Level of supervision - Ameena
Ameena is a registered Band 7 Physiotherapist at an NHS Trust. Ameena has recently been asked by her employer to supervise Marianne, who has recently qualified as a Band 5 physiotherapist.
As a registered physiotherapist with previous experience of supervising others, Ameena was confident that she had the relevant skills and experience to effectively supervise Marianne.
How did Ameena and Marianne approach the supervision?
From the outset, Ameena organised a private introduction meeting with Marianne to go through their employer supervision policies and induction materials, and to discuss Marianne’s learning needs and to agree the amount, level and mode of supervision required.
At the induction meeting Ameena and Marianne complete a supervision agreement, where they discuss and decide on the following:
- The purpose of Marianne’s supervision and her learning objectives;
- Marianne’s competence to conduct certain tasks, taking into account previous experience and training, and the complexity of the tasks to be delegated;
- The frequency of supervision meeting;
- The process for recording and providing feedback, and the process for reviewing the supervision agreement; and
- The environment where the tasks were to be carried out and access to facilities or equipment, where necessary.
Ameena and Marianne also agree to meet twice a week for one-hour sessions, which is also reflected in the agreement. They agree an agenda ahead of time so that specific learning areas are covered, and to ensure that their discussion is targeted. This included:
- A review of the past week’s activities, including an assessment of what went well and any challenges experienced;
- Assessment of progress made against learning objectives; and
- Feedback and identification of further learning or support needs.
As Marianne is newly qualified, Ameena also uses the induction meeting to reflect on Marianne’s understanding of supervision, and to clarify what the overall purpose of the supervision sessions are. This includes discussing the difference with managerial supervision.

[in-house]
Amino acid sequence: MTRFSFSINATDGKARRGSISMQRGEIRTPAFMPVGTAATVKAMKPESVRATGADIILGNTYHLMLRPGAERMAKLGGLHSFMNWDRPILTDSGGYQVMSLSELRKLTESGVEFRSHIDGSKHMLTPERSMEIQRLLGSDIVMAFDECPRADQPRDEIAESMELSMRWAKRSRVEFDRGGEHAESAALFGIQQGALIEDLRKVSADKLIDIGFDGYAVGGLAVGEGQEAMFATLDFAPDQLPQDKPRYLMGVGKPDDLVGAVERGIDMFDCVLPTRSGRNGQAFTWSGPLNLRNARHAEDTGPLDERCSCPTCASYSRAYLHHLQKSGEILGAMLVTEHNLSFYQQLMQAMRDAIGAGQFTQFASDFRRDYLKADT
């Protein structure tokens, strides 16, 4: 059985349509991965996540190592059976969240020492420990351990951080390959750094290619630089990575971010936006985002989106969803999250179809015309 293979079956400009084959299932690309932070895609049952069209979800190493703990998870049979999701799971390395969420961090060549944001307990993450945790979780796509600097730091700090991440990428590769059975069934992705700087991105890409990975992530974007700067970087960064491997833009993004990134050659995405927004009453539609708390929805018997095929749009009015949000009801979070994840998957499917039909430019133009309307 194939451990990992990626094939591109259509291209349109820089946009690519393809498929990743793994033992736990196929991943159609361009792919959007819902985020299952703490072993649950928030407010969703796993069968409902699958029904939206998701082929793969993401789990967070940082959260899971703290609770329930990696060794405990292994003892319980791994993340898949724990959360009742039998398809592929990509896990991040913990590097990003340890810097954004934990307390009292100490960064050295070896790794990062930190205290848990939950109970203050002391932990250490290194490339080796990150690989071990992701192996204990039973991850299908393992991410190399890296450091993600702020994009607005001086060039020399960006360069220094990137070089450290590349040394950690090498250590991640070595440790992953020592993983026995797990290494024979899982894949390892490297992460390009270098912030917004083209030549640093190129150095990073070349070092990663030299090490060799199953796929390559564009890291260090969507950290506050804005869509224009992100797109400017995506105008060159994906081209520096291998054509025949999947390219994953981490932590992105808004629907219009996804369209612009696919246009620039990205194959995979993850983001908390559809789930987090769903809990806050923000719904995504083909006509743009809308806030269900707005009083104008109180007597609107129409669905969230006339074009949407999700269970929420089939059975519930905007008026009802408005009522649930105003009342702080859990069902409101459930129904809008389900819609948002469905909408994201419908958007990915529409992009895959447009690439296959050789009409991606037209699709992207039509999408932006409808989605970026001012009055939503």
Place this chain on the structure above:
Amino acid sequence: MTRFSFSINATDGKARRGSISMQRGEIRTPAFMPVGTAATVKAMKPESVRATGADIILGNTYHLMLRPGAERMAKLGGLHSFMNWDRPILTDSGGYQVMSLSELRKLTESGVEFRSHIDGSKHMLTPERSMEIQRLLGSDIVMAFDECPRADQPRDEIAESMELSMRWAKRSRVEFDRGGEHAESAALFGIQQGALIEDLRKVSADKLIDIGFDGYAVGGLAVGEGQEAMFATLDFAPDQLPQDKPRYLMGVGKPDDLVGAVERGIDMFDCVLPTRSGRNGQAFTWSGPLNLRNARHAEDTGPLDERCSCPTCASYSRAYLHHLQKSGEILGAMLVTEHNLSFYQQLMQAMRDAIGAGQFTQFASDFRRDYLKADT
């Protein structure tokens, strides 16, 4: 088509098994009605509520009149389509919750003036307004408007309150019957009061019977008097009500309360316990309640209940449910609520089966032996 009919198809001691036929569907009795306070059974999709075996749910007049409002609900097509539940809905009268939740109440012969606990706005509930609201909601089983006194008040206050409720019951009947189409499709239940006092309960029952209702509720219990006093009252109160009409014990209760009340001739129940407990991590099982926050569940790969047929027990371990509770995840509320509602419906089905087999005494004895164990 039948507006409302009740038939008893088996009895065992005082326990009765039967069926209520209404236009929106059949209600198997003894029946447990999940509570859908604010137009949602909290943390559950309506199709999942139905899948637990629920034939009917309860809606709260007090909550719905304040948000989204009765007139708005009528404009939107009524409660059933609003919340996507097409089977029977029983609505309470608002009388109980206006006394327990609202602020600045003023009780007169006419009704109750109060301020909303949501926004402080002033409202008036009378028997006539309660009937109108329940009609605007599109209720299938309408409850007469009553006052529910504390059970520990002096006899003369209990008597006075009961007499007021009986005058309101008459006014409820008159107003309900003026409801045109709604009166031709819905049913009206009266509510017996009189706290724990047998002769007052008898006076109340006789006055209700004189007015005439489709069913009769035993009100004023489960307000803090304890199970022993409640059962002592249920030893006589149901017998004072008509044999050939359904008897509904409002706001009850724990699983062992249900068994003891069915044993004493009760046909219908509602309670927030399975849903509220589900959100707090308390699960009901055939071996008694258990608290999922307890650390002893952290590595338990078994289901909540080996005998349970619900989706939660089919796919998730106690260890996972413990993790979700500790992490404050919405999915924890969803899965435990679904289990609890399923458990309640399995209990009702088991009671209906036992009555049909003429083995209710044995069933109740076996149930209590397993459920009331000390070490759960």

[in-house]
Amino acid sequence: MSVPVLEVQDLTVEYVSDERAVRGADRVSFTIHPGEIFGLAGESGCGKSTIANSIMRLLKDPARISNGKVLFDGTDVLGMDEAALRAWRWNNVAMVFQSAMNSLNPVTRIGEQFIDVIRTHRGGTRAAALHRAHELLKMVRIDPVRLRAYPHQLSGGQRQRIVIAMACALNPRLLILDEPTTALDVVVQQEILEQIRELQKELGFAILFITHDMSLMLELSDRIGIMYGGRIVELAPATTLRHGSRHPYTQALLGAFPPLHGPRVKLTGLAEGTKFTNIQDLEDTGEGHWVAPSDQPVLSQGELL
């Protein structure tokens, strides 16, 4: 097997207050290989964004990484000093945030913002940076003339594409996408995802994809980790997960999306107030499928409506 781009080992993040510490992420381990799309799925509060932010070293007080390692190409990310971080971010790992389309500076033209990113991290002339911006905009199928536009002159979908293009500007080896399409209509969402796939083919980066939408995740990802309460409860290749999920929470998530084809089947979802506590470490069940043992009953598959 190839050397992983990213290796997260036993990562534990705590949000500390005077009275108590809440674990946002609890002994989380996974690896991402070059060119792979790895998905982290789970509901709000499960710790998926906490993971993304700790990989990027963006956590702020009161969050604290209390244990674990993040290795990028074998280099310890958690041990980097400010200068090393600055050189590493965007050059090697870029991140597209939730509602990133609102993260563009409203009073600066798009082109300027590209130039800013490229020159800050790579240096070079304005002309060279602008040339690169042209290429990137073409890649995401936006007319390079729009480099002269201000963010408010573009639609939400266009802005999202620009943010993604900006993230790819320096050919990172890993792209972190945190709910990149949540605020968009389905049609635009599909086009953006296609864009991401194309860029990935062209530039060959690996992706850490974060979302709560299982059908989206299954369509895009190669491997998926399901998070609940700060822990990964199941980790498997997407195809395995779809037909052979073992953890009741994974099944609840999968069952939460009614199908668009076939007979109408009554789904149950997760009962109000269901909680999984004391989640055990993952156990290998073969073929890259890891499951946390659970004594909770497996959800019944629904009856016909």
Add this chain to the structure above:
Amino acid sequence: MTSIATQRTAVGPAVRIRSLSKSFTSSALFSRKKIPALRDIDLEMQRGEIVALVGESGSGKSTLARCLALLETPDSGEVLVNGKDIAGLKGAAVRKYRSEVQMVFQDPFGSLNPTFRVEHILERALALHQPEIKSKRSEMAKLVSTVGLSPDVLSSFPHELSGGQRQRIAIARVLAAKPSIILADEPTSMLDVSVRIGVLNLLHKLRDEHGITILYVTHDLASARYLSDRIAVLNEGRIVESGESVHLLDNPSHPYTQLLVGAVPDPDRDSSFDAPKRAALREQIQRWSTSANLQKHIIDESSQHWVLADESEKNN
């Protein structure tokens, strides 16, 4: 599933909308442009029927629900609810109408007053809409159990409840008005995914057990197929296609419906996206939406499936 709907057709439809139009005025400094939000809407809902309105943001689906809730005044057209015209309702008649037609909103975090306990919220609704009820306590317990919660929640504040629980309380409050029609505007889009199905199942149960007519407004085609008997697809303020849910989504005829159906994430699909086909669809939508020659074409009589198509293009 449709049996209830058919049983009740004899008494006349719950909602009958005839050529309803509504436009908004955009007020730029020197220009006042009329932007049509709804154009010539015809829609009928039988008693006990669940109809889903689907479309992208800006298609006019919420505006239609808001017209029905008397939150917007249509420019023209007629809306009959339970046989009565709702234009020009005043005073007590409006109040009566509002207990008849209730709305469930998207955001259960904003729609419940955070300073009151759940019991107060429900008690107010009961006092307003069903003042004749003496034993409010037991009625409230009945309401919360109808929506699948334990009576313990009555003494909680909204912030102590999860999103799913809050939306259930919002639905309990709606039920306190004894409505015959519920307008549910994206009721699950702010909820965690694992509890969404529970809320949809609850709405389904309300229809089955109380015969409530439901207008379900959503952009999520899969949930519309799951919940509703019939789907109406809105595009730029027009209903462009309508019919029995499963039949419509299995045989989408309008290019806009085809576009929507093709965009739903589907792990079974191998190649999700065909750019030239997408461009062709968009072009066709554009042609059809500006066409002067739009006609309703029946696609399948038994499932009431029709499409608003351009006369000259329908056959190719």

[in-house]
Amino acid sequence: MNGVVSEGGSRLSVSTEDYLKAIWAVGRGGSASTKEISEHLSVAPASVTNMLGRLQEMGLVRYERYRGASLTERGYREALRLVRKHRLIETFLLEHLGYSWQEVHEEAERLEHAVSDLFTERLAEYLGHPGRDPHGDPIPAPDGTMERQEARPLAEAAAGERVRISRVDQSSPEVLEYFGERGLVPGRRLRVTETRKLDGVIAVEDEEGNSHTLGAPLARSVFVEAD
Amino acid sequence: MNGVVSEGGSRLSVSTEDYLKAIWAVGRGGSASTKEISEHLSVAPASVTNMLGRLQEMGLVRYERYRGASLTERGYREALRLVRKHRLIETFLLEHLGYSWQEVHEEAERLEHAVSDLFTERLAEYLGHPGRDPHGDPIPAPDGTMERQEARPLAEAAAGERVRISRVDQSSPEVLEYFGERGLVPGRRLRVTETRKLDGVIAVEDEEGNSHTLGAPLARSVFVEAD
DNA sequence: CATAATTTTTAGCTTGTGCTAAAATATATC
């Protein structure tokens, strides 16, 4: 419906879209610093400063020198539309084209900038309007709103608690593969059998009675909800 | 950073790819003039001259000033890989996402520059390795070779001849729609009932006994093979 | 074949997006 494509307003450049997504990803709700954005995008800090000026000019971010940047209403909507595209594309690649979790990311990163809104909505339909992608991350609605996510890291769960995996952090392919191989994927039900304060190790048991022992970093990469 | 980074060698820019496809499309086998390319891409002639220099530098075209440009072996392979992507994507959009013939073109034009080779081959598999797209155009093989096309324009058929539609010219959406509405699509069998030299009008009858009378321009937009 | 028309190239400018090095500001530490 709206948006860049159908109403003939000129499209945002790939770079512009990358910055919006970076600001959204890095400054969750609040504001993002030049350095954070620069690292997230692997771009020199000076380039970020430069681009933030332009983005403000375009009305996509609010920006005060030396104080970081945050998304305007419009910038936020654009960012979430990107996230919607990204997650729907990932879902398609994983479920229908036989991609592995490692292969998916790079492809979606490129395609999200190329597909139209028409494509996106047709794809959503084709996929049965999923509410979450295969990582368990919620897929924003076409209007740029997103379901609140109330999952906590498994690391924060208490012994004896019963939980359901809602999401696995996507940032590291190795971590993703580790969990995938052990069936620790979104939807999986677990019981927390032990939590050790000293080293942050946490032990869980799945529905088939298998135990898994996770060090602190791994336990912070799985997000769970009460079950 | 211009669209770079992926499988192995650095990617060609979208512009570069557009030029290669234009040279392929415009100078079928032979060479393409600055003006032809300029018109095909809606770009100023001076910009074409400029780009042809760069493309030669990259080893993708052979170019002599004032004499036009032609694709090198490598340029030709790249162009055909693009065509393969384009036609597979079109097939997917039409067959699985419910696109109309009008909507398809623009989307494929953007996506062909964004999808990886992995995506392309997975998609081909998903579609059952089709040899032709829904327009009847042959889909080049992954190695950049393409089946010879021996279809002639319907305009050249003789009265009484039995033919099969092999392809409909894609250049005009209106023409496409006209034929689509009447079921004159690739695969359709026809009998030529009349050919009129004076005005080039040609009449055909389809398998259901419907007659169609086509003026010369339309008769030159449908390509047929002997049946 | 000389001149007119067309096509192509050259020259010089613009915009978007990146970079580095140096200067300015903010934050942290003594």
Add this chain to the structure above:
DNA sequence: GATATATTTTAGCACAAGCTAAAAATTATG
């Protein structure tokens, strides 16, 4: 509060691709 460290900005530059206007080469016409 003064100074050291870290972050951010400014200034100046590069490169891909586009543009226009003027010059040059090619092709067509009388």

During their induction meeting, Marianne also informs Ameena that she has not yet undertaken training in administering a new medicine. As Marianne does not have the competence to perform this task independently, Ameena decides to begin supervising Marianne directly, in order to monitor and assess Marianne’s performance and to provide immediate assistance and feedback if required.
Following a period of direct observation, Ameena recognises that Marianne’s skills and ability have dramatically increased and is confident that Marianne has the appropriate knowledge and skills to administer the medicine independently. After discussing this with Marianne, Ameena decides to reduce the amount of supervision provided. While Ameena will still be readily available to assist Marianne if required, she will no longer be directly observing her practise. They also continue to meet twice every week.
How did Ameena effectively supervise?
The focus of supervision will vary depending on many factors, including the supervisee’s experience, and goals. Having an initial conversation enabled Ameena to effectively identify and understand Marianne’s learning needs. Ameena was then able to tailor her supervision approach to meet these needs and provide Marianne with the appropriate level of oversight and support for the task at hand.
Establishing a supervision agreement from the outset also helped make the supervision arrangements clear including when and where the supervision would take place, and what the focus would be. It also helped ensure that both Marianne and Ameena understood their respective roles and responsibilities.
Holding regular supervision sessions enabled Ameena to continuously review Marianne’s development and adapt the supervision to reflect this. This also afforded Marianne with an appropriate level of autonomy, to learn and develop professionally, without feeling overwhelmed.
By choosing to hold the supervision sessions in a private space, Ameena also helped create a working environment where Marianne felt confident in being open and honest about her experience. This meant that Marianne’s learning needs and concerns could be identified quickly, and also helped build rapport between the two.
How did Marianne approach her supervision effectively?
Marianne was open and honest about her experience and her learning needs, which helped them both identify the most appropriate type of supervision. Not only is this essential for ensuring patient safety, but it also meant that Marianne received the appropriate level of support and oversight.
How did supervision benefit Marianne?
The supervision provided Marianne with a safe and supportive space to learn and achieve her goals and helped her improve her clinical skills. As well as contributing towards her professional development, but it also helped increase her overall confidence as a professional.
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